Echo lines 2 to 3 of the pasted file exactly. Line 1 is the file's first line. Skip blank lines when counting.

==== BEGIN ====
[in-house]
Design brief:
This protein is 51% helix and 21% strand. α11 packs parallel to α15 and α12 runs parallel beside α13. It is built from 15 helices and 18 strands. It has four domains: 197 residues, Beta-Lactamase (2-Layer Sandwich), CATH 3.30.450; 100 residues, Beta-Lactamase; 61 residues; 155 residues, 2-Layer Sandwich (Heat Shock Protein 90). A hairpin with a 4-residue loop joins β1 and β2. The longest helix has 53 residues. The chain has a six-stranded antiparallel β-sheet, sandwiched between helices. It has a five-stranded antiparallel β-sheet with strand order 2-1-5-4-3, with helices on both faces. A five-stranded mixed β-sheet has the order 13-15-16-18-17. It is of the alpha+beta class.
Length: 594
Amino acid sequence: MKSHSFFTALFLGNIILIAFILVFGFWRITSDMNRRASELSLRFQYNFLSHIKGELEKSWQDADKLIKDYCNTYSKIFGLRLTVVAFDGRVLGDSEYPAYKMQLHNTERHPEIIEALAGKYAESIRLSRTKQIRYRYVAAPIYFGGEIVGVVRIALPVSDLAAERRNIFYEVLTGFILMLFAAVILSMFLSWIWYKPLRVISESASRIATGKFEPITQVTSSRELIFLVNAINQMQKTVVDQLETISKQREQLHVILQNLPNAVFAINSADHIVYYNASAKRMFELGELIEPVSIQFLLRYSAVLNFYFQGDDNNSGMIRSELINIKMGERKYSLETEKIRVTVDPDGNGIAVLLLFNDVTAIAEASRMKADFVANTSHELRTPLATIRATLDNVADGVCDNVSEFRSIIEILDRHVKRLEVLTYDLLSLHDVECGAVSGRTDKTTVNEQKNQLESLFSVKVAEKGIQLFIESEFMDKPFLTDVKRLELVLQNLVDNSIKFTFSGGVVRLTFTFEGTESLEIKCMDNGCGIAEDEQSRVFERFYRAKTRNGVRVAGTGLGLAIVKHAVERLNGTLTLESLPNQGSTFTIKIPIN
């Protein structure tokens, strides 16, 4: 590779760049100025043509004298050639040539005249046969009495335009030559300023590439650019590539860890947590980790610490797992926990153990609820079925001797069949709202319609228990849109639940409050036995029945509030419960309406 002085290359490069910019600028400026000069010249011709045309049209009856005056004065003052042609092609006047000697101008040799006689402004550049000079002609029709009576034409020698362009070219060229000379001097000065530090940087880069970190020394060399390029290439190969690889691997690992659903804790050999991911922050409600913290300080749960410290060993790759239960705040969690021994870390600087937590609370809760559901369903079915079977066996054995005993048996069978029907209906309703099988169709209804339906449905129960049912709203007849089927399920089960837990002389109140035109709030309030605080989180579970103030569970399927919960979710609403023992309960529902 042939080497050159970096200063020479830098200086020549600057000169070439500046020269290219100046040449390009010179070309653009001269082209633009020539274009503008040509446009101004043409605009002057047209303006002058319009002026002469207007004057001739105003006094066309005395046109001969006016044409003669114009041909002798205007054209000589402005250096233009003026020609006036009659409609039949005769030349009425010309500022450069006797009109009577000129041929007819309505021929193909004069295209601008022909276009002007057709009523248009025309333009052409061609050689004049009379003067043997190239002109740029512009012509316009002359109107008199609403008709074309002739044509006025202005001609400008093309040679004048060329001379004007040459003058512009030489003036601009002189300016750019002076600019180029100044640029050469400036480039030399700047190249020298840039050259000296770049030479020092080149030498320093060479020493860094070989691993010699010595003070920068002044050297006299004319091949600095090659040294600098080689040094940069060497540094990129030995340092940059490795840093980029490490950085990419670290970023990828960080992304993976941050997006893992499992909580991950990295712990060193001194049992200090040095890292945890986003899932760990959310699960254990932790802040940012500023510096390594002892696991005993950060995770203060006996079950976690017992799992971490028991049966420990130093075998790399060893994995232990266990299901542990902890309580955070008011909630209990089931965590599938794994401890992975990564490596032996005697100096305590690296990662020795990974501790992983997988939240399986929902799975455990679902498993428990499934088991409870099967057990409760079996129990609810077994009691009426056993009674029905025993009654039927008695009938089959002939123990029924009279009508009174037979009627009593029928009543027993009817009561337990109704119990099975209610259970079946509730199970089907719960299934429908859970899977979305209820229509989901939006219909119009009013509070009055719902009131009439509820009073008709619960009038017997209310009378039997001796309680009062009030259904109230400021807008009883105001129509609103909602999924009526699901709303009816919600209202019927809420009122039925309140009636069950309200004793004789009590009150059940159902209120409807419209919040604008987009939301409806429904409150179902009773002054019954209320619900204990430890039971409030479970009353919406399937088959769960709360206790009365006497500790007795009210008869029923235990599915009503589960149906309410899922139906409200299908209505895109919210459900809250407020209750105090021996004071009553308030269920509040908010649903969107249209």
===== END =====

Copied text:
Design brief:
This protein is 51% helix and 21% strand. α11 packs parallel to α15 and α12 runs parallel beside α13. It is built from 15 helices and 18 strands. It has four domains: 197 residues, Beta-Lactamase (2-Layer Sandwich), CATH 3.30.450; 100 residues, Beta-Lactamase; 61 residues; 155 residues, 2-Layer Sandwich (Heat Shock Protein 90). A hairpin with a 4-residue loop joins β1 and β2. The longest helix has 53 residues. The chain has a six-stranded antiparallel β-sheet, sandwiched between helices. It has a five-stranded antiparallel β-sheet with strand order 2-1-5-4-3, with helices on both faces. A five-stranded mixed β-sheet has the order 13-15-16-18-17. It is of the alpha+beta class.